One of the methods that humans use to form these positive relationships is comedy. Comedy not only serves as a centre around which people can come together; it also helps to break down the boundaries dividing people. So long as humour remains non-malicious, the ability to laugh with people is far more uniting then the alternative, which creates barriers between people. This is even true of edgy, offensive comedy, which can similarly be used to bridge gaps as long as they are understood in their respective humorous contexts.
A study conducted by the University of New Hampshire details the uses of comedy in respect to human societal norms and the effect this has:
“Martineau (1972) claims that humor can be used to create strong groups as well as initiate and maintain social relationships. Strong groups are characterized by high morale and cohesion, little social distance, good communication patterns, and strong social bonds. Weak groups lack these favorable characteristics. Martineau (1972) indicates that humor is an important factor in strong groups when humor is viewed as favorable to the group. Inversely, humor is a factor in the evolution of weak groups when humor is not favorable to the group. It is conceivable that strong groups have positive attributes because of the higher levels of trust that result, in part, from the more frequent use of humor (Hampes, 1999). Strong groups may result when humor is applied as a socialization tool (Vinton, 1989), when humor reduces social distance (Graham, 1995), and when humor is used to increase the sense of group identity. Therefore, humor can be an important component of strong group culture and have an inﬂuence on other culture variables mentioned above.”
The message from the study is clear: in order to form strong social units and a cohesive group of individuals, the characteristics provided by comedy are needed.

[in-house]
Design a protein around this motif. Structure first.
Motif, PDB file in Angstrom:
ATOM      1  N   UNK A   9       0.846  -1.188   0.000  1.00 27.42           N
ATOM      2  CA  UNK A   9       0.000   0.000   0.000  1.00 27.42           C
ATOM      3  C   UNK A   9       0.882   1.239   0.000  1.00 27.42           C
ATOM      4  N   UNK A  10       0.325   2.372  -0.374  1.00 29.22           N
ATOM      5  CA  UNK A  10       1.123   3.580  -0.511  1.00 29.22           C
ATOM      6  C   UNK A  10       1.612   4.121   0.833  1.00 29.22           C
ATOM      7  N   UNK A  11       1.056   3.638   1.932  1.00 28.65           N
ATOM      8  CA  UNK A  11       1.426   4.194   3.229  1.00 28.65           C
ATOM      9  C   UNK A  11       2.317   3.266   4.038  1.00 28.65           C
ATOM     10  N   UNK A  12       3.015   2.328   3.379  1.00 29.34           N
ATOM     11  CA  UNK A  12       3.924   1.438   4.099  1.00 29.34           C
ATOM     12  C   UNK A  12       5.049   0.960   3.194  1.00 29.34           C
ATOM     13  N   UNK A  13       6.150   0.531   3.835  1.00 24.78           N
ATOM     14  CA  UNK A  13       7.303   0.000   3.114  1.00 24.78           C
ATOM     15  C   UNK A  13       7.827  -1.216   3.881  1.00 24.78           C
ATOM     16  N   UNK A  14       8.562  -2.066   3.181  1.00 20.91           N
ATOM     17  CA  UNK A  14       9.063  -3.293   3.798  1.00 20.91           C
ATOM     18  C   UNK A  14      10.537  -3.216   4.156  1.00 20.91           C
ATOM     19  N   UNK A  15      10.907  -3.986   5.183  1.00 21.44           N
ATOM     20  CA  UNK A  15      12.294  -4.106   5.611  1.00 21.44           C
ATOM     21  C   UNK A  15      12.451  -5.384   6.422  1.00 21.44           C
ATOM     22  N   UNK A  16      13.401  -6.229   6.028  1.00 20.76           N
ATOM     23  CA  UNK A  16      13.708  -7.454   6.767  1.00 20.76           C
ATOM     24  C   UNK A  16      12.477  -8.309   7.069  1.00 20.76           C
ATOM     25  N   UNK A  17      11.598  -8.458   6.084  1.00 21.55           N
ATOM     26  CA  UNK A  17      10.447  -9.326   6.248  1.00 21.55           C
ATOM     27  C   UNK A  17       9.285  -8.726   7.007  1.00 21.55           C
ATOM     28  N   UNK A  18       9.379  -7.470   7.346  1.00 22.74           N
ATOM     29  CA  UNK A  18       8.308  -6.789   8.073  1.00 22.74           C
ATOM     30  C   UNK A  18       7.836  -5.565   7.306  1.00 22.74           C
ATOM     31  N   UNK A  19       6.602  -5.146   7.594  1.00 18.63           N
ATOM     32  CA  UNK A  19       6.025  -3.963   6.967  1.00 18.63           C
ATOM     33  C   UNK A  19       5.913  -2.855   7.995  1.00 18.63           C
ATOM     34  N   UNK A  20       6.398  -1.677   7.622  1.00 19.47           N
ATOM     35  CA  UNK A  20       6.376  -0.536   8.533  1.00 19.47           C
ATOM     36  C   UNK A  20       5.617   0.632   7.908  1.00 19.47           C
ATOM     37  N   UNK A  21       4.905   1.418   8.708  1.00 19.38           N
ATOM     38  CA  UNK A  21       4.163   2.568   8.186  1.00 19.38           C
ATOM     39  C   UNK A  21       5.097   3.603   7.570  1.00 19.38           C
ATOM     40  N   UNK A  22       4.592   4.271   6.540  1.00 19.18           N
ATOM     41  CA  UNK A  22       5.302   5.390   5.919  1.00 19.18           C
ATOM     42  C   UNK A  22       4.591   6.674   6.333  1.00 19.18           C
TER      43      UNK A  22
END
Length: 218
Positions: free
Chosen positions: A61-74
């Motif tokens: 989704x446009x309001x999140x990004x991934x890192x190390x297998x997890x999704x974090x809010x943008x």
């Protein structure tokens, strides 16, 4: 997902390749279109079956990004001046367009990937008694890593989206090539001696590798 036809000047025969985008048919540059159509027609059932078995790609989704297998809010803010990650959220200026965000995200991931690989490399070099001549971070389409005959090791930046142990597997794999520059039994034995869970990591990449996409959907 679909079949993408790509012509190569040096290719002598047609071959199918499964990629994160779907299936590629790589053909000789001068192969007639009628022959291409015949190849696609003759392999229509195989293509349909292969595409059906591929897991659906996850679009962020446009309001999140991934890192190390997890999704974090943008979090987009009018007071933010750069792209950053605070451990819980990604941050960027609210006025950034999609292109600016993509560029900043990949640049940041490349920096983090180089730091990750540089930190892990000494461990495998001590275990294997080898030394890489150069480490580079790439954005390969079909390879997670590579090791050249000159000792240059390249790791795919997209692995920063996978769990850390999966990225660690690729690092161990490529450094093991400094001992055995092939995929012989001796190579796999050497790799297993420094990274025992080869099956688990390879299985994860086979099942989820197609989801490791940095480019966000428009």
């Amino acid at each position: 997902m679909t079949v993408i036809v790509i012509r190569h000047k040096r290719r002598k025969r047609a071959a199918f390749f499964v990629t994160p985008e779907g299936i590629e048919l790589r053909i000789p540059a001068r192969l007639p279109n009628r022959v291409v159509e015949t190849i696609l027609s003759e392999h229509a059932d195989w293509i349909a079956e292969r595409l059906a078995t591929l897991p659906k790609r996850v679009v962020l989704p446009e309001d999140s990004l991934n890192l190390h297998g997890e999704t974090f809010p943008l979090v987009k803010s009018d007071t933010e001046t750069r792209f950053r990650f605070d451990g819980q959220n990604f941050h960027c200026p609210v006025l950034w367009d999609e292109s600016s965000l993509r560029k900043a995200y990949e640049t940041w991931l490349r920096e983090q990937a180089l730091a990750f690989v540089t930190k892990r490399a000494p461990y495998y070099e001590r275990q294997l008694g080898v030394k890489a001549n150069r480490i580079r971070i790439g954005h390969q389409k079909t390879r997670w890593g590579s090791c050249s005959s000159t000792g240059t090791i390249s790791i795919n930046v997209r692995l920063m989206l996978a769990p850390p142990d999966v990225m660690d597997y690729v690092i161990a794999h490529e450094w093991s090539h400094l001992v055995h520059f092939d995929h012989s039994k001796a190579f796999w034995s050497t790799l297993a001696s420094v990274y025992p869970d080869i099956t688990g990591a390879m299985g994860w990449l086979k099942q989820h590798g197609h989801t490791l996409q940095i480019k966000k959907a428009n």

The study cited also highlighted a link between free speech and humour. It stressed how important it is as a society that we communicate with each other, addressing the role of humour in allowing us to achieve this:
“Poor communication may be the single most cited cause of interpersonal conﬂict and lack of group productivity (Thomas & Schmidt, 1976). Since communication is the vehicle by which group members interact with each other, create goals, plan strategies, and critique ideas, it plays a critical role in both group productivity and overall group effectiveness. Humor helps to ensure good communication by inducing positive effect, which in turn makes people more receptive to the receiver and message.”
The ability to discuss sensitive issues is key if we are to avoid societal breakdown. Divisions in society are continually growing, threatening to spiral out of control. The only defence mechanism that we have is the promise of discussion, which can be used to find common-sense resolutions to our issues. Humour can act as a catalyst for increasing our levels of reasonable and often essential discussions.
The results of the last few weeks should strike fear into anyone who values our society and wishes to see it continue. There is serious work to be done in terms of reaching a more unified place. However, restricting comedy will not help achieve this, but on the contrary would further distance people from each other.
 Romero, Eric & Pescosolido, Anthony. (2008). Humor and group effectiveness. Human Relations – HUM RELAT. 61. 395-418. 10.1177/0018726708088999